Direct Higher-Order Function Calls

November 16, 2017

When optimizing performance-critical ClojureScript code, function call overhead might be important to you. By default, when compiling ClojureScript in :advanced mode, the :static-fns compiler option is enabled. This post describes an additional option, :fn-invoke-direct, which is an extension to :static-fns for higher-order functions.

As background, it might be worth reviewing this post, which describes :static-fns, giving a concrete example of what it does to emitted code. Additionally, Static-Free ClojureScript REPL gives a concrete example illustrating why it is good to have :static-fns disabled by default for the REPL.

The :fn-invoke-direct compiler option was introduced with the ClojureScript 1.9.660 release. Let's explore this option by way of an example.

Consider the function

(defn f [h x]
  (h x))

where h is a higher-order function, and we want to focus on the code emitted for applying it to x.

Incidentally, Lumo and Planck support the same command line options for enabling :static-fns and :fn-invoke-direct. This makes it really easy to play along at home, trying functions and seeing what code generated. For either, -s / --static-fns enables :static-fns, and -f / --fn-invoke-direct enables :fn-invoke-direct.

If you look at the function body generated for f with :static-fns disabled, you will see that it is


Note, to see this, you can enable verbose mode for your REPL, or alternatively (set! *print-fn-bodies* true) and then evaluate the function f in your REPL.

If instead you enable :static-fns, you get

return (h.cljs$core$IFn$_invoke$arity$1 ? h.cljs$core$IFn$_invoke$arity$1(x) :,x));

This looks a bit more complicated, but all it is really doing is this: If the passed function h happens to have been defined as a multi-arity function and defines an arity for one argument, then it statically invokes that implementation. Otherwise it falls back to what you would get without :static-fns enabled:,x).

That will result in faster runtime performance in the case where passed function looks like this:

(defn g
  ([x] (* x 2))
  ([x y] (* x y)))

If we benchmark a call (f g 2) under :advanced with both :static-fns disabled vs. enabled, we get these speedups:

V8: 5.6, SpiderMonkey: 1.8, JavaScriptCore: 2.6, Nashorn: 5.2, ChakraCore: 5.1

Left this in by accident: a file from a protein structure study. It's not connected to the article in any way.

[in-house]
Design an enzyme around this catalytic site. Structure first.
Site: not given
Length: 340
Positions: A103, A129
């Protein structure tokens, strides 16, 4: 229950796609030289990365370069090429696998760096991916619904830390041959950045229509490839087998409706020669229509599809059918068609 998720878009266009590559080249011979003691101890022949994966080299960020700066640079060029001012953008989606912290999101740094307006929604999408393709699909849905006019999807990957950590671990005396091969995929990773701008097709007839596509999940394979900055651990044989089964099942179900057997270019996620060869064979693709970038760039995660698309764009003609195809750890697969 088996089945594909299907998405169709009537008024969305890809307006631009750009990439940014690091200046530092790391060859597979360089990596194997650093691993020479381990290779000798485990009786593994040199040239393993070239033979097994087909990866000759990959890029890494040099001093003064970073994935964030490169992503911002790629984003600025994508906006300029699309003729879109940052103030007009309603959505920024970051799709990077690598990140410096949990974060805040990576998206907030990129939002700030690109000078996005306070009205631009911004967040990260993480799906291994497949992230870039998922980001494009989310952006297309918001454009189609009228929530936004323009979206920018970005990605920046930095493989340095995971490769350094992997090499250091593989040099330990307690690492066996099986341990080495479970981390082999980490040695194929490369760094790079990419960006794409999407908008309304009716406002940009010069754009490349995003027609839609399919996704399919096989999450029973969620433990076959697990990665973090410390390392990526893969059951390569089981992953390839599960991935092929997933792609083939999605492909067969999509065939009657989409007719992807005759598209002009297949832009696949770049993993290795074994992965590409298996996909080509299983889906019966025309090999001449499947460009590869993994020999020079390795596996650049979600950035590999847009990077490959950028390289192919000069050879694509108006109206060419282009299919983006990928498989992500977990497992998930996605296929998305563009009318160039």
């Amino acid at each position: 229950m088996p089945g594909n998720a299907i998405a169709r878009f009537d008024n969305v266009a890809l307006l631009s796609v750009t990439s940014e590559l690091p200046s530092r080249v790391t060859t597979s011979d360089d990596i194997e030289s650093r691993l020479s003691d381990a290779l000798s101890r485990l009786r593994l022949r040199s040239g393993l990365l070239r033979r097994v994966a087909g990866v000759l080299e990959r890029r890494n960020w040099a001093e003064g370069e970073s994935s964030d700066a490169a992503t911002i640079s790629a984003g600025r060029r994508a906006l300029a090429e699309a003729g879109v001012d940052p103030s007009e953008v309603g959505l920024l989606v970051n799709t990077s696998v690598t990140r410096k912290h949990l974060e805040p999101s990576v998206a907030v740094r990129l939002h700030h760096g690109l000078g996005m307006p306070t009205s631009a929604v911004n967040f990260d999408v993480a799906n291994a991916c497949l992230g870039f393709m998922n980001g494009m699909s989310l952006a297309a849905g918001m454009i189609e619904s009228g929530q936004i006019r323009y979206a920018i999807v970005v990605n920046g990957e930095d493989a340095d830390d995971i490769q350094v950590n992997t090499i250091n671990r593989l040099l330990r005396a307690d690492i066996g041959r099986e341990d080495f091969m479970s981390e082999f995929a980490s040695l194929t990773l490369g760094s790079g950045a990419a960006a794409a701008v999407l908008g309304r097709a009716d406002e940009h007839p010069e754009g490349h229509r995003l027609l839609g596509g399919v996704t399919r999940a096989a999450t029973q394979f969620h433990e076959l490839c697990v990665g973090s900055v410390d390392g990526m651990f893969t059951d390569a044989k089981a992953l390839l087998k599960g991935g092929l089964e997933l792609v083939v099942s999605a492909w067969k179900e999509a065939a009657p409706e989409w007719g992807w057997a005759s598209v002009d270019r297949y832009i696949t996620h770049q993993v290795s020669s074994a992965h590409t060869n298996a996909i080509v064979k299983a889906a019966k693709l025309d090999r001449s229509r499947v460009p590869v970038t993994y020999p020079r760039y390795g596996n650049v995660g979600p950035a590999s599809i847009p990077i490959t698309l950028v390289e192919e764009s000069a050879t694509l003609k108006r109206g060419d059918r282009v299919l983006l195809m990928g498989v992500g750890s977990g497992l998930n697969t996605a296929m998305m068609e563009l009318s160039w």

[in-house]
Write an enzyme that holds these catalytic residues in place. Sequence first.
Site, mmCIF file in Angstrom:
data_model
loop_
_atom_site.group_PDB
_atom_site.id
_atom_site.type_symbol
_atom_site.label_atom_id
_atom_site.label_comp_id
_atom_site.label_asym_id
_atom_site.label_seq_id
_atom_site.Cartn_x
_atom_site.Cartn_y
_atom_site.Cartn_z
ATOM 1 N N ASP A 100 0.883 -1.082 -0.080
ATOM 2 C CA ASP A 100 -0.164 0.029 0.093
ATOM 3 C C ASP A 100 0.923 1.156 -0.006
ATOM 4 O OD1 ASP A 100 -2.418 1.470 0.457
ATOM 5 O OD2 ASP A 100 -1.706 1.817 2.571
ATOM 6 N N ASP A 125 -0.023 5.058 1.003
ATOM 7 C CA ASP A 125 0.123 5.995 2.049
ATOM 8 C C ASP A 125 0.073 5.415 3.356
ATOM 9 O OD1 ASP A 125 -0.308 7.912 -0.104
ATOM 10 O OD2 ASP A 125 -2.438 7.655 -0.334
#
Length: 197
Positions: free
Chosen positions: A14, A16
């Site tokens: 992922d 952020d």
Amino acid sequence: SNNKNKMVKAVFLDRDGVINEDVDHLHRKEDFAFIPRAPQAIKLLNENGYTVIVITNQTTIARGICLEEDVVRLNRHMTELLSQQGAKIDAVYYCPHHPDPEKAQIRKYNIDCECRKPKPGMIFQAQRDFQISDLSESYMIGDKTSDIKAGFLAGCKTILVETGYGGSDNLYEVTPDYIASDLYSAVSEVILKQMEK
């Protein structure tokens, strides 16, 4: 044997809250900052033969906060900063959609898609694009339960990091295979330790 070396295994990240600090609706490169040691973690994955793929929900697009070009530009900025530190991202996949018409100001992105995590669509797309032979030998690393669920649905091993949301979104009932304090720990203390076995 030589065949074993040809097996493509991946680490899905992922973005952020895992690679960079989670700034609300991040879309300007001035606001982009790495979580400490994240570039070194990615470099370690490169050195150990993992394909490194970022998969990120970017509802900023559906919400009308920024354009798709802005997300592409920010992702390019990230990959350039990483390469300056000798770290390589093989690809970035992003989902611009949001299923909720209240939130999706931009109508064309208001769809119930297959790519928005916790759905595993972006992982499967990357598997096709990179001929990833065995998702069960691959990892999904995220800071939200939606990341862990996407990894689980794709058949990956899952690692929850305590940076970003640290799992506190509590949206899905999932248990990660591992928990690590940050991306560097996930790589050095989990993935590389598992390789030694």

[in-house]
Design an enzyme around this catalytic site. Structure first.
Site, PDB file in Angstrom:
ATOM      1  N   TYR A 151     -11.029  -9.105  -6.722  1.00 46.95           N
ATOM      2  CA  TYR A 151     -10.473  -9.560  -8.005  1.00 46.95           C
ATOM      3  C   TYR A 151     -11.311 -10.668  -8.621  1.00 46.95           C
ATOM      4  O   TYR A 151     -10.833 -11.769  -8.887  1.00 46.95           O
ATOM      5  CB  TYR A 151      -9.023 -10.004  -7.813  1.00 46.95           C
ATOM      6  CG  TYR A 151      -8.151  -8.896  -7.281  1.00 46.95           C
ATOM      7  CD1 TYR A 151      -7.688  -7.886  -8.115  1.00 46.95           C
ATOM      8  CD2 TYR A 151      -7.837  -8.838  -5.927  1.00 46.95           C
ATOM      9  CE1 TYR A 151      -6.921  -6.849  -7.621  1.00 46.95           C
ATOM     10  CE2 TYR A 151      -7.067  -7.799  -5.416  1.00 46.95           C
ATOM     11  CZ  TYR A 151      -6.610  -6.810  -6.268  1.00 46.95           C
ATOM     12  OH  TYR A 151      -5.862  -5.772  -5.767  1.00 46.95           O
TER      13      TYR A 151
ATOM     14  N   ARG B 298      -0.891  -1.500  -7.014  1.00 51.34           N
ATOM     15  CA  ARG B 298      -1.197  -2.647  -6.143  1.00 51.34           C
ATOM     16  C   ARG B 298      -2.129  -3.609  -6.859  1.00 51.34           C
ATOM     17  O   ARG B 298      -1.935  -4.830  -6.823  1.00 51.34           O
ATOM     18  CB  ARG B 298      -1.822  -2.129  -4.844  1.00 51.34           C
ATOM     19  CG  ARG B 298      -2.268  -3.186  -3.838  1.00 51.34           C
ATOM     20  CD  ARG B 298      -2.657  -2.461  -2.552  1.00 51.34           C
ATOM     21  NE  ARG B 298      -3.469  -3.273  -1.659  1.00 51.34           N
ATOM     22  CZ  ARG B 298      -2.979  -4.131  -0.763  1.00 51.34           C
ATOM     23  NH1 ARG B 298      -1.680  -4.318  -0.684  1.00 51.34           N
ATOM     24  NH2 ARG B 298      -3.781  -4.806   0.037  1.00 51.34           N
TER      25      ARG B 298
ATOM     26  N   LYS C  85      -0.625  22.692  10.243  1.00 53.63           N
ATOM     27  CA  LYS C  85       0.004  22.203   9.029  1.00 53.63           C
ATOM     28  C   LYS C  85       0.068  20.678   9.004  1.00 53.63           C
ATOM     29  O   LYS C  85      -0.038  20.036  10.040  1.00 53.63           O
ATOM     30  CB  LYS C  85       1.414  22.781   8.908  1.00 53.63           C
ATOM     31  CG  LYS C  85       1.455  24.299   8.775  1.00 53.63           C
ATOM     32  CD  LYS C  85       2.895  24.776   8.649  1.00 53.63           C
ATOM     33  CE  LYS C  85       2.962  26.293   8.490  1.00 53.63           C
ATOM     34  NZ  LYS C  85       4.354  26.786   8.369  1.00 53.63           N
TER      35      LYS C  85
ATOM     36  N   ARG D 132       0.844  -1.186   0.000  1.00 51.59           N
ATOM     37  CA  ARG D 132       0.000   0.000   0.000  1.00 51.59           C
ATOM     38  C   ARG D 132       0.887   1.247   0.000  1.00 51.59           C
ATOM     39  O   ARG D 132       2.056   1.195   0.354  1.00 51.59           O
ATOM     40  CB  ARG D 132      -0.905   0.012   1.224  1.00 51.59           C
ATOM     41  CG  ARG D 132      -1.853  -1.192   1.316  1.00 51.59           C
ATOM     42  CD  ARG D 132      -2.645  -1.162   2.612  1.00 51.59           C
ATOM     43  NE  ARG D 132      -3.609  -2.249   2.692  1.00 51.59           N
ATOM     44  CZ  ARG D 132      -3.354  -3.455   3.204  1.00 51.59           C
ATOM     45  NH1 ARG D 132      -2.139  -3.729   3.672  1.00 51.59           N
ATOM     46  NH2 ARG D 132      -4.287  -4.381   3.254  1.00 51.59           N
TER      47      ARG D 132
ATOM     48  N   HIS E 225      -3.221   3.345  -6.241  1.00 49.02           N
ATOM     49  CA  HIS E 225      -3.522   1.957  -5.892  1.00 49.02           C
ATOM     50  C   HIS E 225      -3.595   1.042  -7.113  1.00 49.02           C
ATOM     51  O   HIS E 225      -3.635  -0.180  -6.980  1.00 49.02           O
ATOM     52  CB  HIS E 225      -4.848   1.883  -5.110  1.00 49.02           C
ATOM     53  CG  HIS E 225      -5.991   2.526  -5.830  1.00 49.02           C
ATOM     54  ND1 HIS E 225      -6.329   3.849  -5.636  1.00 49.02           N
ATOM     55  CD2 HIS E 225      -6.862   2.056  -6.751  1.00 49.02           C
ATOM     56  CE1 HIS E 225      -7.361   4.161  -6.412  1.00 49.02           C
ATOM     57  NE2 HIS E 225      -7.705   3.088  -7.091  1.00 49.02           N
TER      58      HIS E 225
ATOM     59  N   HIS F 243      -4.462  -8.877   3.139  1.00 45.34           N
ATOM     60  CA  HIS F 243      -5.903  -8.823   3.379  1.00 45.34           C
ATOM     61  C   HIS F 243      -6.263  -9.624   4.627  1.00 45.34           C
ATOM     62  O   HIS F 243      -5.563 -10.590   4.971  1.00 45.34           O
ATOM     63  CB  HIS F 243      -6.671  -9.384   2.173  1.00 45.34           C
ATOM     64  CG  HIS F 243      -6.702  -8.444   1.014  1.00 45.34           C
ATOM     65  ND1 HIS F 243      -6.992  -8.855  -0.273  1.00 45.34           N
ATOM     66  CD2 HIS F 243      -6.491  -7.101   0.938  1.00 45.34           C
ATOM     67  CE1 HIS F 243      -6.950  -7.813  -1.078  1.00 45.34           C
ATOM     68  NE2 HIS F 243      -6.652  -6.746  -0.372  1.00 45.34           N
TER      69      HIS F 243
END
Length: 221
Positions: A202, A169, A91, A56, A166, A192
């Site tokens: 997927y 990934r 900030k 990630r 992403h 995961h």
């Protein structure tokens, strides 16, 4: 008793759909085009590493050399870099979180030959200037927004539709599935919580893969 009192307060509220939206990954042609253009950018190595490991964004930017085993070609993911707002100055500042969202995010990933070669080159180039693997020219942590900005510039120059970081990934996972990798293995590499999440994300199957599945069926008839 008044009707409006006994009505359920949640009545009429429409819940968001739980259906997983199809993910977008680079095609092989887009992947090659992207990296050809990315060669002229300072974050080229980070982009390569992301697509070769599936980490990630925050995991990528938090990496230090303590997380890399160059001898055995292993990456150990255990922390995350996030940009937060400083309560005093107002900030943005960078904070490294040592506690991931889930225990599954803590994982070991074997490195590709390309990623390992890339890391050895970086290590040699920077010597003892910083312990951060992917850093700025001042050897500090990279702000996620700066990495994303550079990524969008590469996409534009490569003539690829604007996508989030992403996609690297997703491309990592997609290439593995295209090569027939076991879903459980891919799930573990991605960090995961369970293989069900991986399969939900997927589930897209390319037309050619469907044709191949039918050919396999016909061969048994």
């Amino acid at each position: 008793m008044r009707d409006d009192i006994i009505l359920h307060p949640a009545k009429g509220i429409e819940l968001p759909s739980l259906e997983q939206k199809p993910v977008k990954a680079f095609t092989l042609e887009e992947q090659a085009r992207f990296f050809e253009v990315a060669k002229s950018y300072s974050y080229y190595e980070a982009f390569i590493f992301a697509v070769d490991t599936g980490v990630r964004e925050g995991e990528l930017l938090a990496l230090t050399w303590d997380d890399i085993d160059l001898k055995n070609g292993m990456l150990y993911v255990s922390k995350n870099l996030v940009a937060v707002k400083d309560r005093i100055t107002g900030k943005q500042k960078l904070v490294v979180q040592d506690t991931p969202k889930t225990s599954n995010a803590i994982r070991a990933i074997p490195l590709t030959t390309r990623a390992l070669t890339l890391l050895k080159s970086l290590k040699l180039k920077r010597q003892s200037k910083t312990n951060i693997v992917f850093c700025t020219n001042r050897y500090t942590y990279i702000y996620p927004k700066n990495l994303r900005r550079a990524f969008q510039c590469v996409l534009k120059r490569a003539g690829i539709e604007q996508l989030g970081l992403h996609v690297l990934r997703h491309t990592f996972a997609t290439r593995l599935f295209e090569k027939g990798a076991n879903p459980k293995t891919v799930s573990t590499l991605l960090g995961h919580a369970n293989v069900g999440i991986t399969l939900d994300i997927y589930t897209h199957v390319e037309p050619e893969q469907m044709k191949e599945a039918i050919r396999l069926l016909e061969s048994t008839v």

This is done using (simple-benchmark [] (f g 2) 10000000).

Now, what if instead g were not multi-arity, but looked like

(defn g [x]
  (* x 2))

Note that it is essentially the same, as far as f is concerned, which only invokes h with one argument. In this case enabling :static-fns can't provide a speedup.

In fact, for this scenario, the simpler code generated with :static-fns disabled runs faster under most VMs. Here are the same speedup benchmarks observed under :static-fns with this new definition for g:

V8: 0.42, SpiderMonkey: 0.47, JavaScriptCore: 0.62, Nashorn: 1.8, ChakraCore: 0.025

(Yes, it appears that disabling :static-fns is really the right thing to do for this particular code if you are targeting ChakraCore!)

But, what if we now also enable :fn-invoke-direct? The code emitted for f in this case has a function body that looks like:

return (h.cljs$core$IFn$_invoke$arity$1 ? h.cljs$core$IFn$_invoke$arity$1(x) : h(x));

The only difference is that now, in the fallback branch, h is directly invoked via h(x), rather than using the more conservative,x) construct.

Here are the speedups observed when both :static-fns and :fn-invoke-direct are enabled, compared to a baseline when :static-fns is disabled:

V8: 0.86, SpiderMonkey: 0.54, JavaScriptCore: 0.63, Nashorn: 2.2, ChakraCore: 0.025

In this case :fn-invoke-direct helped recover some of the performance drop. Another way to look at this improvement is the speedup where :static-fns is always enabled, comparing :fn-invoke-direct disabled vs. enabled:

V8: 2.1, SpiderMonkey: 1.1, JavaScriptCore: 1.0, Nashorn: 1.2, ChakraCore: 1.0

This last set of speedups is perhaps a more useful way of looking at things if you are going to assume :static-fns is enabled anyway, and want to see how :fn-invoke-direct might help things if it were enabled.

Given this, why isn't :fn-invoke-direct enabled by default when :static-fns is enabled? In other words, why is it a separate compiler option? There could still be corner cases where the more conservative invocation using call produces the correct behavior. For this reason, the option is disabled by default, and requires that you explicitly configure it in order that it be enabled.

I'd suggest giving :fn-invoke-direct a try on your codebase and see if it helps with performance!

Tags: ClojureScript